The conventional belief is that anyone facing imminent death uses his or her final moment to think about those who mean the most in his or her life. While this is nearly impossible confirm, it seems that the overwhelming finality of death would render any subsequent...
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... from his family, is not present in his construction. The plot of the narrative is not in chronological order. Therefore, the fate of the person is evident before his true character is revealed. The evidence for this claim is apparent in Farquhar’s last thoughts before being hanged by the Union army. Also, his motivation, to return to his wife and children, further makes this argument clear. Lastly, the thirty miles Farquhar travels after being so close to death proves further that his dedication to family surpasses his instinct. The realistic construct of a reality in which Farquhar escapes and is reunited with his family illustrates abiding desire for the most meaningful part of his life, his family.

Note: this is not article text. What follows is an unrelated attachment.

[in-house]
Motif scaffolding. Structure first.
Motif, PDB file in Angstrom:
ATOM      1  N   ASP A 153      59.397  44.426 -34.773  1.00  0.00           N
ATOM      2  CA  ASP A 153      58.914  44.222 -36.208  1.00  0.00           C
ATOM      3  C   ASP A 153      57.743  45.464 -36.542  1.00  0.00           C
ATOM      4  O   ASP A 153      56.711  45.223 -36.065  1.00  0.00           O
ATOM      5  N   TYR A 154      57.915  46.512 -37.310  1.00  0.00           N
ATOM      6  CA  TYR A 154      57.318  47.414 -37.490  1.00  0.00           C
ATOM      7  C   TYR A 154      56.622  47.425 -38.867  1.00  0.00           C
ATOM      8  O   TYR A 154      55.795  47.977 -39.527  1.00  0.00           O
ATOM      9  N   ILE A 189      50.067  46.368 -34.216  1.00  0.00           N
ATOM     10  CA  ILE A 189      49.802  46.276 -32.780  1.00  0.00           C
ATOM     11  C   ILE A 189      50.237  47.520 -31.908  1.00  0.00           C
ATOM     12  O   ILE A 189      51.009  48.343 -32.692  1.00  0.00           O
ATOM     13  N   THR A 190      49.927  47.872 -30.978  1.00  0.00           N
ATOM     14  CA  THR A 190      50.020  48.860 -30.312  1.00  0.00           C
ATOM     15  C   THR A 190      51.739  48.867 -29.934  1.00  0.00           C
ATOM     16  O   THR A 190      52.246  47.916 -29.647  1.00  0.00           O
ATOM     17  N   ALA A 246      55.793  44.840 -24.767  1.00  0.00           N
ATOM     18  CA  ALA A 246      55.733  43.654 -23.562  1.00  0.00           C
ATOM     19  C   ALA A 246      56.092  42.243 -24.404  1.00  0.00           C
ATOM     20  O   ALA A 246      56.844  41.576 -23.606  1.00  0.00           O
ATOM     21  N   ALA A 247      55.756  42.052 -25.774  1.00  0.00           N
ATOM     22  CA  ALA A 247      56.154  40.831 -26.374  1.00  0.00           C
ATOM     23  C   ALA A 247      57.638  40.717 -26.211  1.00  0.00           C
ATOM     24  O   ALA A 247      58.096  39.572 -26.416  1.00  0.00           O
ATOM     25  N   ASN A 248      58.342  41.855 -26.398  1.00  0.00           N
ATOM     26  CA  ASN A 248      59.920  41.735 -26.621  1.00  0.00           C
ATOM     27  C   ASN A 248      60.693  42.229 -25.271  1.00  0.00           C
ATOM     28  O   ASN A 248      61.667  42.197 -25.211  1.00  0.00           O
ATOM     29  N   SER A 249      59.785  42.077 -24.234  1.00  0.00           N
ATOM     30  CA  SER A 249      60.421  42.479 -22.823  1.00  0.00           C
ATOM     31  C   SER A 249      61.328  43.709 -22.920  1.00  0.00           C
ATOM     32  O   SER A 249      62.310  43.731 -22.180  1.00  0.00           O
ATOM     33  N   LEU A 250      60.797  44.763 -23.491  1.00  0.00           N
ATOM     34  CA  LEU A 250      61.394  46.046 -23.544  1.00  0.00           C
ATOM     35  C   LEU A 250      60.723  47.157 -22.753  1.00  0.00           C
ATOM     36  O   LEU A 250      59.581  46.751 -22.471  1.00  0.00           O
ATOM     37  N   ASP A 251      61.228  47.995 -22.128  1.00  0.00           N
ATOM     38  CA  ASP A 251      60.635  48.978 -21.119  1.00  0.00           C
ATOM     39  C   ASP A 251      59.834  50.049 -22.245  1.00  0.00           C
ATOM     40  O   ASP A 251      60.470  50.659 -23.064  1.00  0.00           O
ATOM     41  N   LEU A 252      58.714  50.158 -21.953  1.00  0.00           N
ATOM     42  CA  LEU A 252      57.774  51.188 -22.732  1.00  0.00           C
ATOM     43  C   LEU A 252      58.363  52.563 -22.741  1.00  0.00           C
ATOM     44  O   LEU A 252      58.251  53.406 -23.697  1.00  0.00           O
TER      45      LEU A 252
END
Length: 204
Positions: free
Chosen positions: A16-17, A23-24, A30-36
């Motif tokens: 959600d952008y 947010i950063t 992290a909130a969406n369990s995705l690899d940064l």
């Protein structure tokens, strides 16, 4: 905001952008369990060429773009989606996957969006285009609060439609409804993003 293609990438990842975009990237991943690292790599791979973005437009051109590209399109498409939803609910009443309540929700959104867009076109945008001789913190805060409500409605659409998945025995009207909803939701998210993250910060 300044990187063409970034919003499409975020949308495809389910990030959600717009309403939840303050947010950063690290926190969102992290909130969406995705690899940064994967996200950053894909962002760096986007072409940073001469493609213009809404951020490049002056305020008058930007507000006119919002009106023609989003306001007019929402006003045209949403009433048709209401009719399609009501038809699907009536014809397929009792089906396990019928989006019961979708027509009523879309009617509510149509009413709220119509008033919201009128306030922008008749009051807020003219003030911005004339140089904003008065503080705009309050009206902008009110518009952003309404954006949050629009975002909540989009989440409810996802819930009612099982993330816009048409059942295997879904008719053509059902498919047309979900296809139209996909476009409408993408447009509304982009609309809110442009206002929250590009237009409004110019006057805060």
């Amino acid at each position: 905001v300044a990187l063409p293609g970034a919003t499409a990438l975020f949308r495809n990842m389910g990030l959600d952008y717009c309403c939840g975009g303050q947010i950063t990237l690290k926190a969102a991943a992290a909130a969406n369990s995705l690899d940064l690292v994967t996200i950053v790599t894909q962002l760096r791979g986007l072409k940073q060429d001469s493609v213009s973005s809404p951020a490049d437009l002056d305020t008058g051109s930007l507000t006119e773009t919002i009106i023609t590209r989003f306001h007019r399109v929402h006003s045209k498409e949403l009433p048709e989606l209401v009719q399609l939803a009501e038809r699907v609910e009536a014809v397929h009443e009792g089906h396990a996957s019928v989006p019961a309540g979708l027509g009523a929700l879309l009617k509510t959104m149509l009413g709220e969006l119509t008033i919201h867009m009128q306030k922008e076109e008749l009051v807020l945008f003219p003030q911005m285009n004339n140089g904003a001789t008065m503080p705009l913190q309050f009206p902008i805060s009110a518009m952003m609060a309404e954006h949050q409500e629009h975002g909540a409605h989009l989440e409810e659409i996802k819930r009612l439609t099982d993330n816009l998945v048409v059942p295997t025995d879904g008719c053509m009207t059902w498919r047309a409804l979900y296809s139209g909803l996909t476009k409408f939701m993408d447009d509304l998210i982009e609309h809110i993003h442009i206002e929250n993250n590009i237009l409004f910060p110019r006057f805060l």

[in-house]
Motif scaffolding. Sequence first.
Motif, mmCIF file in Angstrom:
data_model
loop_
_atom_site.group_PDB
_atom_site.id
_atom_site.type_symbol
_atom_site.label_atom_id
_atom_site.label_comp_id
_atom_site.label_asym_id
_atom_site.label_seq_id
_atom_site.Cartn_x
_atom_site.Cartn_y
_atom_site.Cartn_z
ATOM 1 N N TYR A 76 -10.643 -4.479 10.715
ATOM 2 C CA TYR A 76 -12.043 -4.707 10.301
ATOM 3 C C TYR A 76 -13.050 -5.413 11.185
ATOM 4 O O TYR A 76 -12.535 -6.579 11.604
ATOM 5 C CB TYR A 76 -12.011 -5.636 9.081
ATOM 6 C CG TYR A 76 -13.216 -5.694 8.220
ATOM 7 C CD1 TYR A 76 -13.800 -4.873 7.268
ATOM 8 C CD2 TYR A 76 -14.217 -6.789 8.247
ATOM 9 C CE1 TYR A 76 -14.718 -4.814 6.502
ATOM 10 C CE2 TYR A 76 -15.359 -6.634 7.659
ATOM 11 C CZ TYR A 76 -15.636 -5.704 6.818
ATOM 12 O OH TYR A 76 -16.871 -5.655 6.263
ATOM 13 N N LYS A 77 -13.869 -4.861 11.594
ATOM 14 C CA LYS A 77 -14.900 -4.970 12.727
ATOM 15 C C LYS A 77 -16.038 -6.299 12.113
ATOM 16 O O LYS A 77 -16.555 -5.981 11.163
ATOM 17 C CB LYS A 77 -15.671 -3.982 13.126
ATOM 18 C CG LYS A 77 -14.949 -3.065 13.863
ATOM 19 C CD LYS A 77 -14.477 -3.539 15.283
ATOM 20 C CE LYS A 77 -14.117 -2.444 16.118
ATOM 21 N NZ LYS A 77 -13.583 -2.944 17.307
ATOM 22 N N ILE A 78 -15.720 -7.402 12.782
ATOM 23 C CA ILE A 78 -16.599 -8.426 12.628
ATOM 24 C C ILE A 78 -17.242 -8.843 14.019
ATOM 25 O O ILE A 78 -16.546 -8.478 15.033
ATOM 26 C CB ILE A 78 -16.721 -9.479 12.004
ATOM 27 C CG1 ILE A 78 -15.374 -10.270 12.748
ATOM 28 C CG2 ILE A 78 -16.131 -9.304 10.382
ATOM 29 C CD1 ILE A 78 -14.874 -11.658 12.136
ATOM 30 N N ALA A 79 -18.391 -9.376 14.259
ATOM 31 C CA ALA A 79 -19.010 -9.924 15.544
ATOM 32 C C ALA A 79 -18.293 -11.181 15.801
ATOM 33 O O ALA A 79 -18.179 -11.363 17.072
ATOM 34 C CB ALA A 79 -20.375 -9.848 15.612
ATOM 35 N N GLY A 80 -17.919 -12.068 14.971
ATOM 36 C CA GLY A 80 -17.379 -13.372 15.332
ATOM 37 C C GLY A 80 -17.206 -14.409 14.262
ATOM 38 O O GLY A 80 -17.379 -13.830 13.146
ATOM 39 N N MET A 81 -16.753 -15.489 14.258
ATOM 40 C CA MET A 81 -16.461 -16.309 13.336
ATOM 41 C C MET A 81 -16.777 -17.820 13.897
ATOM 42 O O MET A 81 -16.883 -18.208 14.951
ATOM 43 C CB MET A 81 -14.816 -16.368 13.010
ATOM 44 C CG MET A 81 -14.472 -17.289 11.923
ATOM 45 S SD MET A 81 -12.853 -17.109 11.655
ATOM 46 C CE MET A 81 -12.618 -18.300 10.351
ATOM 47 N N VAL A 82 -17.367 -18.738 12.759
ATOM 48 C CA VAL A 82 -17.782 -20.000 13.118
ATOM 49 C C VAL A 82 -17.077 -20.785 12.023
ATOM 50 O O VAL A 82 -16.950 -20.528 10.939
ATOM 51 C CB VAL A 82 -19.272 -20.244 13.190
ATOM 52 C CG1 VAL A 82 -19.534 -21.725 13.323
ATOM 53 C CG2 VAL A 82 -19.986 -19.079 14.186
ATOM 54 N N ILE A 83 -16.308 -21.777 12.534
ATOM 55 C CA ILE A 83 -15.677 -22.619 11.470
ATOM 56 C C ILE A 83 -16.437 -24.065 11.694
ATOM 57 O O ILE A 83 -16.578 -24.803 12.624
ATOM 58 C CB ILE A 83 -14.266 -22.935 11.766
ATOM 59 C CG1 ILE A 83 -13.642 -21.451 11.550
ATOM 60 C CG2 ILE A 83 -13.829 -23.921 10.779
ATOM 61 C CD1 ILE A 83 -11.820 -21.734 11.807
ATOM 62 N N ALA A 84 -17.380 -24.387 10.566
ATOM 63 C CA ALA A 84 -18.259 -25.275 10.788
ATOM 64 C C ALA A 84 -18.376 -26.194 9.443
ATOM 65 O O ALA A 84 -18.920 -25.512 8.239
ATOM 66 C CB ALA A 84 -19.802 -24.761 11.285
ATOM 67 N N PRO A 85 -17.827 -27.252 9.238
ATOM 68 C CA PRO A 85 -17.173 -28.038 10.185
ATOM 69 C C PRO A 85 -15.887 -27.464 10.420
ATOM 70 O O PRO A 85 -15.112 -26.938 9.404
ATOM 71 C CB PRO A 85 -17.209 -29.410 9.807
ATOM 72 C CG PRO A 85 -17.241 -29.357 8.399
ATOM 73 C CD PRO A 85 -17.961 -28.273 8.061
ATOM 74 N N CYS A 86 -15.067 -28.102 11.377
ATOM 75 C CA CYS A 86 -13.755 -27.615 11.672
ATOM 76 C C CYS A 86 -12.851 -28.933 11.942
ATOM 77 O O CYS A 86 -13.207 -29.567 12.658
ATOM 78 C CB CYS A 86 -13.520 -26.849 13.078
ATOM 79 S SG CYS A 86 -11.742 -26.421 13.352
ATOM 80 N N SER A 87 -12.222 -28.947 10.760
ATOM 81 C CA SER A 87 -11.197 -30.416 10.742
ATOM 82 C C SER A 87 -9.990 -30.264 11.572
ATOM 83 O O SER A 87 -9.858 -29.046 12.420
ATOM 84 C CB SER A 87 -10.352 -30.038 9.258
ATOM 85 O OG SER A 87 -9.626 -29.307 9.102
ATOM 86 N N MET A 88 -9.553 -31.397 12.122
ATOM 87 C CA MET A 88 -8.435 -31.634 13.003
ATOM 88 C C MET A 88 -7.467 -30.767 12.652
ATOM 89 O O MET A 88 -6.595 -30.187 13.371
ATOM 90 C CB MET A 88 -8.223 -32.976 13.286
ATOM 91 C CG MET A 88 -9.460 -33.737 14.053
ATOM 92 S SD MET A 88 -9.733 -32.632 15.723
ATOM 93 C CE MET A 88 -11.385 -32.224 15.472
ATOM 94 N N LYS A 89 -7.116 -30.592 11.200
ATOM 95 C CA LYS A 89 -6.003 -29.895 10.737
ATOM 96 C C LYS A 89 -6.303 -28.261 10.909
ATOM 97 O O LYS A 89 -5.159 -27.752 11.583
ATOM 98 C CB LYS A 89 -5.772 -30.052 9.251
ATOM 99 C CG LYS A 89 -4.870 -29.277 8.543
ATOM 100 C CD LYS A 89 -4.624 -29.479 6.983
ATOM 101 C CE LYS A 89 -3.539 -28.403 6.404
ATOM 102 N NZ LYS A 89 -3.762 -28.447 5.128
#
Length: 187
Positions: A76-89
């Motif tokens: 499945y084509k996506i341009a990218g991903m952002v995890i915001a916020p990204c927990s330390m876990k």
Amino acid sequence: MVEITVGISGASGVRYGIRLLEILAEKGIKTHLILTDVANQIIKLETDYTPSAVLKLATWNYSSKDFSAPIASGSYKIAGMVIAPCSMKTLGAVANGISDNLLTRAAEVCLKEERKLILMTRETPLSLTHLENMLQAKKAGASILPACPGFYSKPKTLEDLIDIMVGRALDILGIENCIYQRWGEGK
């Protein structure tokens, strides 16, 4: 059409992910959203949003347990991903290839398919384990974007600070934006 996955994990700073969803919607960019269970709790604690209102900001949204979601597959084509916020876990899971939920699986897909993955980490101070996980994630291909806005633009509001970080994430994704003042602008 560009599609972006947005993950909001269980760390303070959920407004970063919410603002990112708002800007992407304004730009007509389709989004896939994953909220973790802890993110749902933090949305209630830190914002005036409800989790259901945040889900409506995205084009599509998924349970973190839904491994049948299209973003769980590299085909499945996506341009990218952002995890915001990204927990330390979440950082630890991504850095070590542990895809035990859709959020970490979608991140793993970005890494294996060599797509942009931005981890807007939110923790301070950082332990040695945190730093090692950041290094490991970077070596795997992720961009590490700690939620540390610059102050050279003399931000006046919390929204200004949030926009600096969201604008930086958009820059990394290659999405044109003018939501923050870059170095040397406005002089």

Bierce, Ambrose. “An Occurrence at Owl Creek Bridge.” The Norton Anthology of American Literature. Ed. Nina Baym. New York: Norton, 2008. 300-306.
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